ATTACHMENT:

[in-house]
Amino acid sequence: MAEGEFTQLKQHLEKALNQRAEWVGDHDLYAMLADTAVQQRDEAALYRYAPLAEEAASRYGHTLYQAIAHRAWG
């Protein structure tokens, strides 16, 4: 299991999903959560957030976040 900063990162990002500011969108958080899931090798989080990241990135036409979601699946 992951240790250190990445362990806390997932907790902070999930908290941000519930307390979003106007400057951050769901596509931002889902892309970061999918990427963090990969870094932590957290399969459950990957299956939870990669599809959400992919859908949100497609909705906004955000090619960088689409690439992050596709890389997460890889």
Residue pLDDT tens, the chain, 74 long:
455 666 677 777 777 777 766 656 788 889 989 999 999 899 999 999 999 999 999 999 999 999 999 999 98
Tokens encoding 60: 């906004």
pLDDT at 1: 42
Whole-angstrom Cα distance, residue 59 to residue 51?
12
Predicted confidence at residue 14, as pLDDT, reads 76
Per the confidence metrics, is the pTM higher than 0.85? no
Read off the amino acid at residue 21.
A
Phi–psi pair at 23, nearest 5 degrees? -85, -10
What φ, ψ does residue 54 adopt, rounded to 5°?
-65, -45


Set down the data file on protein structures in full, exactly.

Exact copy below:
[in-house]
Amino acid sequence: MAEGEFTQLKQHLEKALNQRAEWVGDHDLYAMLADTAVQQRDEAALYRYAPLAEEAASRYGHTLYQAIAHRAWG
């Protein structure tokens, strides 16, 4: 299991999903959560957030976040 900063990162990002500011969108958080899931090798989080990241990135036409979601699946 992951240790250190990445362990806390997932907790902070999930908290941000519930307390979003106007400057951050769901596509931002889902892309970061999918990427963090990969870094932590957290399969459950990957299956939870990669599809959400992919859908949100497609909705906004955000090619960088689409690439992050596709890389997460890889």
Residue pLDDT tens, the chain, 74 long:
455 666 677 777 777 777 766 656 788 889 989 999 999 899 999 999 999 999 999 999 999 999 999 999 98
Tokens encoding 60: 């906004």
pLDDT at 1: 42
Whole-angstrom Cα distance, residue 59 to residue 51?
12
Predicted confidence at residue 14, as pLDDT, reads 76
Per the confidence metrics, is the pTM higher than 0.85? no
Read off the amino acid at residue 21.
A
Phi–psi pair at 23, nearest 5 degrees? -85, -10
What φ, ψ does residue 54 adopt, rounded to 5°?
-65, -45